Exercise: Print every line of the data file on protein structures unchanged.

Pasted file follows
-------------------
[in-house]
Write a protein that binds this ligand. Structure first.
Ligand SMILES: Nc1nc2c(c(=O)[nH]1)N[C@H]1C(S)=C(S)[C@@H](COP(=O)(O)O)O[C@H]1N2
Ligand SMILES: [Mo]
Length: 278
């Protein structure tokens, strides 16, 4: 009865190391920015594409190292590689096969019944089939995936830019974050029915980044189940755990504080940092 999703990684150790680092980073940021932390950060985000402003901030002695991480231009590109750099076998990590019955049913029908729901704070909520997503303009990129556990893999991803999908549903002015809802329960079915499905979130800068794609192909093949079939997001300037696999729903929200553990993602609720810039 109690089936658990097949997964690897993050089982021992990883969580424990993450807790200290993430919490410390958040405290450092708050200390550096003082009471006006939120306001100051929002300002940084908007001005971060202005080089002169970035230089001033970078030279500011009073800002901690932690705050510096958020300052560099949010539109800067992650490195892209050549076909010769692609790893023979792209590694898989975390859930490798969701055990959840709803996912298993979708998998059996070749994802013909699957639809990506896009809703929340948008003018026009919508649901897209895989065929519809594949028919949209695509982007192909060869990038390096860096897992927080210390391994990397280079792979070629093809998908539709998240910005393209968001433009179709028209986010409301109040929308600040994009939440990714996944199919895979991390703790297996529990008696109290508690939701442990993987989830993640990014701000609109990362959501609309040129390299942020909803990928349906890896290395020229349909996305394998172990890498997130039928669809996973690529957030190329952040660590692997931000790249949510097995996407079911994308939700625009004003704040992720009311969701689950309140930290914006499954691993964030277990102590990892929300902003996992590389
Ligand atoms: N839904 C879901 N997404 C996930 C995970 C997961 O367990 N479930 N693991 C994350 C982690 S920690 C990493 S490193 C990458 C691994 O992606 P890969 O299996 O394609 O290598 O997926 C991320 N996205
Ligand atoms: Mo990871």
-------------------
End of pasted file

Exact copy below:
[in-house]
Write a protein that binds this ligand. Structure first.
Ligand SMILES: Nc1nc2c(c(=O)[nH]1)N[C@H]1C(S)=C(S)[C@@H](COP(=O)(O)O)O[C@H]1N2
Ligand SMILES: [Mo]
Length: 278
């Protein structure tokens, strides 16, 4: 009865190391920015594409190292590689096969019944089939995936830019974050029915980044189940755990504080940092 999703990684150790680092980073940021932390950060985000402003901030002695991480231009590109750099076998990590019955049913029908729901704070909520997503303009990129556990893999991803999908549903002015809802329960079915499905979130800068794609192909093949079939997001300037696999729903929200553990993602609720810039 109690089936658990097949997964690897993050089982021992990883969580424990993450807790200290993430919490410390958040405290450092708050200390550096003082009471006006939120306001100051929002300002940084908007001005971060202005080089002169970035230089001033970078030279500011009073800002901690932690705050510096958020300052560099949010539109800067992650490195892209050549076909010769692609790893023979792209590694898989975390859930490798969701055990959840709803996912298993979708998998059996070749994802013909699957639809990506896009809703929340948008003018026009919508649901897209895989065929519809594949028919949209695509982007192909060869990038390096860096897992927080210390391994990397280079792979070629093809998908539709998240910005393209968001433009179709028209986010409301109040929308600040994009939440990714996944199919895979991390703790297996529990008696109290508690939701442990993987989830993640990014701000609109990362959501609309040129390299942020909803990928349906890896290395020229349909996305394998172990890498997130039928669809996973690529957030190329952040660590692997931000790249949510097995996407079911994308939700625009004003704040992720009311969701689950309140930290914006499954691993964030277990102590990892929300902003996992590389
Ligand atoms: N839904 C879901 N997404 C996930 C995970 C997961 O367990 N479930 N693991 C994350 C982690 S920690 C990493 S490193 C990458 C691994 O992606 P890969 O299996 O394609 O290598 O997926 C991320 N996205
Ligand atoms: Mo990871």